FBI Probes Into Ethics of High-Speed Trading in the Stock Market

HFTIf someone were to say the words “New York Stock Exchange” right now, what scenes would your mind immediately go to? Floors flooded with bespectacled investors waving their arms in indecipherable patterns? Neon lights blinking and red text scrolling across digital banners as far as the eye can see? Computer monitors lined up end-to-end that stretch across the entire room?

All of that, yeah. And as it turns out, reality isn’t too far off from the stereotypical depictions. But what you don’t know about those monitors is what’s happening just under the surface — and the FBI recently opened up a probe into them in order to investigate if they’re actually helping investors engage in insider trading.

That’s because certain traders have utilized a high-speed fiber-optic cable that travels at two-thirds of the speed of light, linking traders in Chicago with those in New York. The cable gives them a 3-millisecond speed boost over normal trading times, something that’s raised the suspicions of the FBI. Add in author and journalist Michael Lewis’ claims that the stock market is somehow “rigged” and you have a perfect firestorm for what’s currently happening on the floors of the NYSE and beyond.

To offer a bit of perspective, take a look at what high-speed trading has done for the entire industry. In 2000, the S&P 500’s daily average volume of traded shares was somewhere around 2.85 billion, but today, those high-speed cables have allowed that number to balloon to nearly 14 billion. In other words, more trades are happening at much higher speeds. So, how does that constitute a “rigged” market, exactly?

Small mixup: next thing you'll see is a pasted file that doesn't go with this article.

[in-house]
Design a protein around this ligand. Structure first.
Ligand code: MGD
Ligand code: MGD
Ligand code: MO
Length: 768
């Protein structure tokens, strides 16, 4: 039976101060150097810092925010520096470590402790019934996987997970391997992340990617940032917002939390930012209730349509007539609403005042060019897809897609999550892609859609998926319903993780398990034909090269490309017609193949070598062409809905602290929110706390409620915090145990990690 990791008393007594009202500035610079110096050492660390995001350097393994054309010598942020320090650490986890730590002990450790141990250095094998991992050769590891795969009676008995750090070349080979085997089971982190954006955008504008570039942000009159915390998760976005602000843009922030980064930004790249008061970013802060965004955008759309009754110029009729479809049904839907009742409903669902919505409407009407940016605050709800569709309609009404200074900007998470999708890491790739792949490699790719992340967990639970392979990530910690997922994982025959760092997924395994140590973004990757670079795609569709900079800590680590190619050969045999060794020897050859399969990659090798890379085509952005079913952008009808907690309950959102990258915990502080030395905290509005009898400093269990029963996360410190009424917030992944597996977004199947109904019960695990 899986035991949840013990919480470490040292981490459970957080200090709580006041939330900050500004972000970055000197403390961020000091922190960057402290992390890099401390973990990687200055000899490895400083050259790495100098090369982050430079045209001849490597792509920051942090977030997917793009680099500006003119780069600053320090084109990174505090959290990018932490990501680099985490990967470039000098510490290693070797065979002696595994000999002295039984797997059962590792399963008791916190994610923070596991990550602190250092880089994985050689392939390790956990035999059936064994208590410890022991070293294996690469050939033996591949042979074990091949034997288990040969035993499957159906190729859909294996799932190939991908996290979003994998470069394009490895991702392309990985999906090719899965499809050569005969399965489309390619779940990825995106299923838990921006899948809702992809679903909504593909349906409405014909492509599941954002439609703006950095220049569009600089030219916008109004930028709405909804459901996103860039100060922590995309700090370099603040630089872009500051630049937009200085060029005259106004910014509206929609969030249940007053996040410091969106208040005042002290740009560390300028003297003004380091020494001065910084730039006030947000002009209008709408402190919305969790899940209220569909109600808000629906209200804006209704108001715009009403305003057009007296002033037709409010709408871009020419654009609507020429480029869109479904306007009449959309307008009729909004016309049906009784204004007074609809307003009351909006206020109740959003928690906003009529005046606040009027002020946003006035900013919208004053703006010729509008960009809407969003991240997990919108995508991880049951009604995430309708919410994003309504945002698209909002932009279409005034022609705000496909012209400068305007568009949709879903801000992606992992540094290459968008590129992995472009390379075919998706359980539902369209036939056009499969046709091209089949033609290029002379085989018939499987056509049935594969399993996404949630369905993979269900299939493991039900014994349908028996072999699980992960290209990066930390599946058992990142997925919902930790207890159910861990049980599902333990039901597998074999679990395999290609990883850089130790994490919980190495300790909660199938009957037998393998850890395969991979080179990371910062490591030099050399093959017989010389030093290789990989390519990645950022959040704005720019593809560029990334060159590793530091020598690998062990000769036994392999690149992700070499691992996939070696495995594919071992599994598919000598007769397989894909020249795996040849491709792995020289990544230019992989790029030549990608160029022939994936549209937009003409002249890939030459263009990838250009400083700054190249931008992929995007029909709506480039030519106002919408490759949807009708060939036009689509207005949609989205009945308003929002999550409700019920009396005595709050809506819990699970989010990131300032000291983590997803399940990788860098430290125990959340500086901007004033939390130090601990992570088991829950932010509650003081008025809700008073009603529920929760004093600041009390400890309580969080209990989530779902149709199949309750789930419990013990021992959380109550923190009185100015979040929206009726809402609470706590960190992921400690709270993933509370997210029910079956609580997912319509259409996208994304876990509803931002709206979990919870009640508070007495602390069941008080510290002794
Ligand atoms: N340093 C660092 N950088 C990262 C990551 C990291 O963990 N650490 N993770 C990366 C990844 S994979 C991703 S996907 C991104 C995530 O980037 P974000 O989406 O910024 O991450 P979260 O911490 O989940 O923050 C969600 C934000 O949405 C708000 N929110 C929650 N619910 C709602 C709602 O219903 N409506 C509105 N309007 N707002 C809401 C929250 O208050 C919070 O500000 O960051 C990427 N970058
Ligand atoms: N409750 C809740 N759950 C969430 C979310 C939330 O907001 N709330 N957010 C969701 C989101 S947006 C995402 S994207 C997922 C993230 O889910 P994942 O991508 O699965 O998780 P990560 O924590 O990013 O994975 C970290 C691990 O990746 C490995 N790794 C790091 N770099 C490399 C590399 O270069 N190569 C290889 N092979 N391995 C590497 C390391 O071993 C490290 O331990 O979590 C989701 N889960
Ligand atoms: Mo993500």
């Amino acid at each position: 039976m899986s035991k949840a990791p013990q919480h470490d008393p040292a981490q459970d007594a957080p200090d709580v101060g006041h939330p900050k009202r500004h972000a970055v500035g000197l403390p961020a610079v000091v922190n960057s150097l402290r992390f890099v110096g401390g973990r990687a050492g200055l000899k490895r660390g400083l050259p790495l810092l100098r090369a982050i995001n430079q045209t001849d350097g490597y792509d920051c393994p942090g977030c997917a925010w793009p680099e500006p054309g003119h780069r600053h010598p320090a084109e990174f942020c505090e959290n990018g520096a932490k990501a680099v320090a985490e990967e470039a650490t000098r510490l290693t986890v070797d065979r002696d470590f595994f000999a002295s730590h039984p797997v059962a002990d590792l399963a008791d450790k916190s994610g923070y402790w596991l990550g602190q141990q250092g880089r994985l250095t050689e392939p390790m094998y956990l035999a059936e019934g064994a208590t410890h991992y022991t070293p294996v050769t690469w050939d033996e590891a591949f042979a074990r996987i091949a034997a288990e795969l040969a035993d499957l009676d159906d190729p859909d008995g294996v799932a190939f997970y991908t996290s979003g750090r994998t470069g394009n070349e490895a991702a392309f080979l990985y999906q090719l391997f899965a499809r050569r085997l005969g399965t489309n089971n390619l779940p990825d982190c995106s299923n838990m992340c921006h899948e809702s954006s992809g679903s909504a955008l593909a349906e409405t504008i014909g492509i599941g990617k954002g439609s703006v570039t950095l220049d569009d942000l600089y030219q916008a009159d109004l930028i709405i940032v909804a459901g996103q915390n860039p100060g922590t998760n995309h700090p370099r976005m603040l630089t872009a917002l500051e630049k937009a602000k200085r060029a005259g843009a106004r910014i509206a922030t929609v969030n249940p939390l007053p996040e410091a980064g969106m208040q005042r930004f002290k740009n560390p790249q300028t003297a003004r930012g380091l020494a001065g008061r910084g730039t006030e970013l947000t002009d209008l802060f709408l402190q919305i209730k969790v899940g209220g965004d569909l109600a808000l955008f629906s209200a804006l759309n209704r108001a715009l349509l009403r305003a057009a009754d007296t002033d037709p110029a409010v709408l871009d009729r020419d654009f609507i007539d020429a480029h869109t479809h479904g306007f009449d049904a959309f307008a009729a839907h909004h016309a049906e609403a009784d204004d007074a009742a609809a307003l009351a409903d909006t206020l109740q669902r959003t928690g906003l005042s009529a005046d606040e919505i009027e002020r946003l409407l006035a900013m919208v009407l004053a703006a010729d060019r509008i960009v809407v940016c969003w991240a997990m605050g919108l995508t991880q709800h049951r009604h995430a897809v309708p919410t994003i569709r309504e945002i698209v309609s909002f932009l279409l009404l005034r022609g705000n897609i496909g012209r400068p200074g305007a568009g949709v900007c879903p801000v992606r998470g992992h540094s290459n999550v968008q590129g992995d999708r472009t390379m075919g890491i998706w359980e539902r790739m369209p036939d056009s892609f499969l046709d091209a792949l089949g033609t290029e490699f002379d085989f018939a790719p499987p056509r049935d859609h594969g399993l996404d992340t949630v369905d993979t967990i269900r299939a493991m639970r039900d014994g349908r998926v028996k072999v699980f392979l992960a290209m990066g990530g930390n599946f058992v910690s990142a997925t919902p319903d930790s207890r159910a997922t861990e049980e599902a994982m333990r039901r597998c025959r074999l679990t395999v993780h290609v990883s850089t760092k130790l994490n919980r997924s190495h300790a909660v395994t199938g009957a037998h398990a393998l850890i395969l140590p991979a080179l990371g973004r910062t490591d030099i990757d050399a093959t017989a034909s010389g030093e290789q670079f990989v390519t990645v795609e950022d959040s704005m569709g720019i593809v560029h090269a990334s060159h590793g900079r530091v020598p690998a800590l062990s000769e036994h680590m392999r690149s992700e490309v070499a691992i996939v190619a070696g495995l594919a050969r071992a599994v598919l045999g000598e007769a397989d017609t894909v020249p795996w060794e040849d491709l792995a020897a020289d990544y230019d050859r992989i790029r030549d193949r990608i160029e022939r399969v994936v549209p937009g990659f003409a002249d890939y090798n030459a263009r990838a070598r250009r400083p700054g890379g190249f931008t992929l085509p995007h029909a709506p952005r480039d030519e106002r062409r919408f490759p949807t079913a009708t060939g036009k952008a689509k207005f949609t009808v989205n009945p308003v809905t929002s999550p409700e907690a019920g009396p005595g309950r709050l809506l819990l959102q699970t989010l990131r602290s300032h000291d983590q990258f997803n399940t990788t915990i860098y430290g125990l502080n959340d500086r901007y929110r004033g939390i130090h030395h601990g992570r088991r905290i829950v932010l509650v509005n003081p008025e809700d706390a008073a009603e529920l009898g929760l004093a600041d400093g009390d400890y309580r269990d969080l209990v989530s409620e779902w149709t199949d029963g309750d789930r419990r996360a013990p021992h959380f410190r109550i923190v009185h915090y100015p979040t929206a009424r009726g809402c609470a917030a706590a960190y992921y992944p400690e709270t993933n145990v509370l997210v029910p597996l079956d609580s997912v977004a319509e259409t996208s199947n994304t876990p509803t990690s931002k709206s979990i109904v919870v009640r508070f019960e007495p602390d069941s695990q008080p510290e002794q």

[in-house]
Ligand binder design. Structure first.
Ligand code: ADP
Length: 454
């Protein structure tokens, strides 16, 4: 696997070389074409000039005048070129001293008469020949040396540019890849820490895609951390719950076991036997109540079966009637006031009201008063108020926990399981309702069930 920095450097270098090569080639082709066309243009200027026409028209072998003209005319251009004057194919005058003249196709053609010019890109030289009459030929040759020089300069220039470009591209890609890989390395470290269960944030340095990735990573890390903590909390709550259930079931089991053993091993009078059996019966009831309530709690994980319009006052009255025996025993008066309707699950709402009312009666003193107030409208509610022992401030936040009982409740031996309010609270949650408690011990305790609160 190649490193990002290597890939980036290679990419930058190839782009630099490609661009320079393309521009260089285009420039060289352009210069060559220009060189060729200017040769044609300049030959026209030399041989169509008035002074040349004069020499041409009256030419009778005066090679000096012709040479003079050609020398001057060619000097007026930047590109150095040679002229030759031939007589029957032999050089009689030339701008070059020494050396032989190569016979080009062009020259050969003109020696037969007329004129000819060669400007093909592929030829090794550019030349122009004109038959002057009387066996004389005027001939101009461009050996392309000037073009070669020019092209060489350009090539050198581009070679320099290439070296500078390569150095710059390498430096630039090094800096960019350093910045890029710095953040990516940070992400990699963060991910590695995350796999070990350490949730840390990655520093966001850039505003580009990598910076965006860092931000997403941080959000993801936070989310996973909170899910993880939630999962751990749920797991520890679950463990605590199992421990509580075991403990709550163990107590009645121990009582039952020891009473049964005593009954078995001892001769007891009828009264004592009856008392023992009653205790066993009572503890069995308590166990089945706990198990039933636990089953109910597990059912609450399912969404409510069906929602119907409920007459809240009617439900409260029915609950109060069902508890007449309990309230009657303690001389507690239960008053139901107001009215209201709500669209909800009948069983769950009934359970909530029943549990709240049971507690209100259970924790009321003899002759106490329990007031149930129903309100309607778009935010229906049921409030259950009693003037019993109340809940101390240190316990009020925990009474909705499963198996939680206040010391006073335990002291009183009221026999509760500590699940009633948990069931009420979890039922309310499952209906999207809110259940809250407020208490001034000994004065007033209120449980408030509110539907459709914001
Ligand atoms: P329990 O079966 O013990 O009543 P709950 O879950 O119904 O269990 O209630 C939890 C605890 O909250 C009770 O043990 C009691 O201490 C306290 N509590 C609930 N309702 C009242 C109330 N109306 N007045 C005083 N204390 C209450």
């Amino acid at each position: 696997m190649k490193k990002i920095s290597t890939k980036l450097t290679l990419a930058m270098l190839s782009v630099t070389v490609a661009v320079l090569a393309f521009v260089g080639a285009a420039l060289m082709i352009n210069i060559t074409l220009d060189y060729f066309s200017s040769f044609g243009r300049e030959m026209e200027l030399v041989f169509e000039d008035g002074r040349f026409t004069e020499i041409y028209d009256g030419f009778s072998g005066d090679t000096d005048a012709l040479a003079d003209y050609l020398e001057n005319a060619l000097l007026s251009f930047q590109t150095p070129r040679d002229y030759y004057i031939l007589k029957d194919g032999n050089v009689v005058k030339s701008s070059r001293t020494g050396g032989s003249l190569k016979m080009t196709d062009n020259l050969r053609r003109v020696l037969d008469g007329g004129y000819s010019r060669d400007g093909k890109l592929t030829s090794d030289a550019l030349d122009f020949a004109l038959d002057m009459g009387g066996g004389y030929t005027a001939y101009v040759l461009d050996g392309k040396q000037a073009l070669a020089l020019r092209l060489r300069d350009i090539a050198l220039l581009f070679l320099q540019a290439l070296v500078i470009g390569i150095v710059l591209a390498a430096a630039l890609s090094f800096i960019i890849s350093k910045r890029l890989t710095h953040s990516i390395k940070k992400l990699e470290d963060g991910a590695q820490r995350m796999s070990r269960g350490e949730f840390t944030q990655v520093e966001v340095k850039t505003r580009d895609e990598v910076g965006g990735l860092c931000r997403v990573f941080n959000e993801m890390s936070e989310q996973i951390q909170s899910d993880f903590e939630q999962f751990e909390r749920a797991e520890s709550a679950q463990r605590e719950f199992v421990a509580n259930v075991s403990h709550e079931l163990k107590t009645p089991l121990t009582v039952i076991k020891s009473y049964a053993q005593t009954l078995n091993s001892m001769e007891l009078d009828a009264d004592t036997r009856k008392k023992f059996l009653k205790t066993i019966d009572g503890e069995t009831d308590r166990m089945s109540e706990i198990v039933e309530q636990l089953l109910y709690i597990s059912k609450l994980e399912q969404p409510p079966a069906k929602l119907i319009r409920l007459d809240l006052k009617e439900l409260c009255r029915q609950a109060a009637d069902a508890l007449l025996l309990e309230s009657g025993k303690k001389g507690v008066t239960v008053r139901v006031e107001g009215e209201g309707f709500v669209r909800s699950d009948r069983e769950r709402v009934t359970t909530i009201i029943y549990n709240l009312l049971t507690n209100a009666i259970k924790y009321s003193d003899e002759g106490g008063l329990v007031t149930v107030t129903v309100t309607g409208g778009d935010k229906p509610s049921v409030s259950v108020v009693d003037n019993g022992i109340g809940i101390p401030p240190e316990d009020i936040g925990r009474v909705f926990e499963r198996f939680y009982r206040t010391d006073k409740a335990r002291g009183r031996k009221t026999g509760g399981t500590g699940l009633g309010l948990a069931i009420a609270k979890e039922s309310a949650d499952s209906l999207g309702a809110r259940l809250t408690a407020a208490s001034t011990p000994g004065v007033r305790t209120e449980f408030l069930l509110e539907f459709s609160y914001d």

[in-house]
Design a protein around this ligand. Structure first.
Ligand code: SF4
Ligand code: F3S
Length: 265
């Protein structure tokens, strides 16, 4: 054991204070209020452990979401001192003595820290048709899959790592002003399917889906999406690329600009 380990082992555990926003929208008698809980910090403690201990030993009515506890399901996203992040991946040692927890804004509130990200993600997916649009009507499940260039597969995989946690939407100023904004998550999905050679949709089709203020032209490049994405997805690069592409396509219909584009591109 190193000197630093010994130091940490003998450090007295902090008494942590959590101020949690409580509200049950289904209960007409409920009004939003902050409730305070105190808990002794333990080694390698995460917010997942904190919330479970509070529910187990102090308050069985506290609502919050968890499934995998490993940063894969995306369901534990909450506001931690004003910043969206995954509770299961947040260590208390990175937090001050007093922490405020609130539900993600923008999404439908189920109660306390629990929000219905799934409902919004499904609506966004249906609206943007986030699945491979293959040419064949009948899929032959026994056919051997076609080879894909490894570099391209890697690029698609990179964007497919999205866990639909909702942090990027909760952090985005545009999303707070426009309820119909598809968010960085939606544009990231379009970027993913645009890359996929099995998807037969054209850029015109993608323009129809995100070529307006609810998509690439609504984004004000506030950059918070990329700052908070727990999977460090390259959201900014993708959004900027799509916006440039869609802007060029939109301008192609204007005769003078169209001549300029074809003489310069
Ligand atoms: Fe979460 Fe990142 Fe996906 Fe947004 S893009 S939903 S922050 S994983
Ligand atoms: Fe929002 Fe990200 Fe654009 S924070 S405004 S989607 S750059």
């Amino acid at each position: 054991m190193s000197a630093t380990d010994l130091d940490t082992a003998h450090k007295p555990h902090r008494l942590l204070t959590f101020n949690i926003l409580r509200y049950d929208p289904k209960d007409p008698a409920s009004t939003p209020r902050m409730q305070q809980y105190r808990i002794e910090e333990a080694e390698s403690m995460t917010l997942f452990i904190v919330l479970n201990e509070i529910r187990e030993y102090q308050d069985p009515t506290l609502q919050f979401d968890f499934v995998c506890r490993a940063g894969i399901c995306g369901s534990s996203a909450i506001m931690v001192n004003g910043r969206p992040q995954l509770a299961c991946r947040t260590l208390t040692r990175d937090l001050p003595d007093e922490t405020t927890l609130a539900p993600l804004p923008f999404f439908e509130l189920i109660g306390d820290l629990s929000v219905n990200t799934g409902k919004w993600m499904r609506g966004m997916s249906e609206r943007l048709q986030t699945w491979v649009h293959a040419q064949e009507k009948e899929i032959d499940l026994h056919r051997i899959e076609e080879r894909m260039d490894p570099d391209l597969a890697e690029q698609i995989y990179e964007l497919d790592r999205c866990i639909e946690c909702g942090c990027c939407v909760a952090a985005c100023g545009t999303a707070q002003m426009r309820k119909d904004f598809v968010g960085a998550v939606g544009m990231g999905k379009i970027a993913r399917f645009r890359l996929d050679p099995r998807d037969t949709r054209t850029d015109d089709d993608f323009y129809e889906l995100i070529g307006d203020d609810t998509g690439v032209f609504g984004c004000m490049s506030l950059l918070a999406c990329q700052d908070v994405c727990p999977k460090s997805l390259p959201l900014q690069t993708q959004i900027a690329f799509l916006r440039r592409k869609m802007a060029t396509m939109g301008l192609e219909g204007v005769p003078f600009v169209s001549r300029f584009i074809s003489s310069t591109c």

Essentially, you can trade your stocks and bid on other ones based on the price you see, but if a trader with a high-speed cable can get to your exchange first (which he will), he’ll get the lower price and you’ll get it for a few pennies more. It’s a race to the finish, and with high-speed cables on your side, you’re slated to hardly ever lose.

“It’s trading on steroids,” according to David Weiss, a senior analyst at the Aite Group research advisory firm.

These kinds of quick-draw trading methods have carried over into the types of stocks purchased, with the trades du jour mostly consisting of mobile apps like King Digital Entertainment (makers of the ubiquitous Candy Crush Saga) and even social networking giants like Facebook, which went public for $7 billion and $100 billion, respectively. Some experts have worried that this kind of shortsighted gobbling up of booming tech stocks could lead to a burst bubble similar to the scenario that befell the market just 14 short years ago.

“It’s widely believed that high frequency trading algorithms are responsible for more than half of U.S. equities trading,” explains Sujoy Bhattacharya, founder and CEO of TradeGreeks LLC. “I think it’s important that regulators are looking into this rather opaque but statistically significant area of our markets to ensure retail customers, who lack expensive data centers and lightning-fast internet connections are still getting best execution and fair prices for their equity trades.”

In the end, the market’s always worth watching because of how dynamic it is. After all, the next big trade might be just moments away.

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